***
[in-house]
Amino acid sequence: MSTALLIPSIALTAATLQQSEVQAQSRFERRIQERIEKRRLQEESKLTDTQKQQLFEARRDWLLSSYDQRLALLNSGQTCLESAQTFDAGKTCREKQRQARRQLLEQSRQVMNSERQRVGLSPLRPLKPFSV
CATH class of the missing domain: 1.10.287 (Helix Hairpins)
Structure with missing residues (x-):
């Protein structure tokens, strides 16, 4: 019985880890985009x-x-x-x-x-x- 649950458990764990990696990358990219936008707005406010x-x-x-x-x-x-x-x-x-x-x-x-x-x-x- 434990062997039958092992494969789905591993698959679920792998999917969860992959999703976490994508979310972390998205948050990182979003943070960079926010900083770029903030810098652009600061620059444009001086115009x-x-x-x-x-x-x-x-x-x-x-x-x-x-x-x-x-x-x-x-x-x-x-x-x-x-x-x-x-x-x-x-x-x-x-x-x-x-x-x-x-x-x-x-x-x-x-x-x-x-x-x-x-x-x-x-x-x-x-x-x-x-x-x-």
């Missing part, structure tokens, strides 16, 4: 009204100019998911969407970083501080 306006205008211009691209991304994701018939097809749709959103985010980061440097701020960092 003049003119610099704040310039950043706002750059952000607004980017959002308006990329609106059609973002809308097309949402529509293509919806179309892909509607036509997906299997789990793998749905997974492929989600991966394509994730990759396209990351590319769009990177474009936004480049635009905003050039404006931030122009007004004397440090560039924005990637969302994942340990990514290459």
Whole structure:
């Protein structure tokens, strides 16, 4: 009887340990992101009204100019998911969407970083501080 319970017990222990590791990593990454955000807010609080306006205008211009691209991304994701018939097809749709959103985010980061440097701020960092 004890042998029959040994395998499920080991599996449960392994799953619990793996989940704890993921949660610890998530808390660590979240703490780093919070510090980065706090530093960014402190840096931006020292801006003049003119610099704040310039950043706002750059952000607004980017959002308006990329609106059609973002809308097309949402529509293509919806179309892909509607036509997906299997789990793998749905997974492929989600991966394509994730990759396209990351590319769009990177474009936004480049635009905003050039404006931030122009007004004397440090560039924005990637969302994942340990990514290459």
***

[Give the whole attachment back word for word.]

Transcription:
[in-house]
Amino acid sequence: MSTALLIPSIALTAATLQQSEVQAQSRFERRIQERIEKRRLQEESKLTDTQKQQLFEARRDWLLSSYDQRLALLNSGQTCLESAQTFDAGKTCREKQRQARRQLLEQSRQVMNSERQRVGLSPLRPLKPFSV
CATH class of the missing domain: 1.10.287 (Helix Hairpins)
Structure with missing residues (x-):
């Protein structure tokens, strides 16, 4: 019985880890985009x-x-x-x-x-x- 649950458990764990990696990358990219936008707005406010x-x-x-x-x-x-x-x-x-x-x-x-x-x-x- 434990062997039958092992494969789905591993698959679920792998999917969860992959999703976490994508979310972390998205948050990182979003943070960079926010900083770029903030810098652009600061620059444009001086115009x-x-x-x-x-x-x-x-x-x-x-x-x-x-x-x-x-x-x-x-x-x-x-x-x-x-x-x-x-x-x-x-x-x-x-x-x-x-x-x-x-x-x-x-x-x-x-x-x-x-x-x-x-x-x-x-x-x-x-x-x-x-x-x-």
């Missing part, structure tokens, strides 16, 4: 009204100019998911969407970083501080 306006205008211009691209991304994701018939097809749709959103985010980061440097701020960092 003049003119610099704040310039950043706002750059952000607004980017959002308006990329609106059609973002809308097309949402529509293509919806179309892909509607036509997906299997789990793998749905997974492929989600991966394509994730990759396209990351590319769009990177474009936004480049635009905003050039404006931030122009007004004397440090560039924005990637969302994942340990990514290459």
Whole structure:
């Protein structure tokens, strides 16, 4: 009887340990992101009204100019998911969407970083501080 319970017990222990590791990593990454955000807010609080306006205008211009691209991304994701018939097809749709959103985010980061440097701020960092 004890042998029959040994395998499920080991599996449960392994799953619990793996989940704890993921949660610890998530808390660590979240703490780093919070510090980065706090530093960014402190840096931006020292801006003049003119610099704040310039950043706002750059952000607004980017959002308006990329609106059609973002809308097309949402529509293509919806179309892909509607036509997906299997789990793998749905997974492929989600991966394509994730990759396209990351590319769009990177474009936004480049635009905003050039404006931030122009007004004397440090560039924005990637969302994942340990990514290459």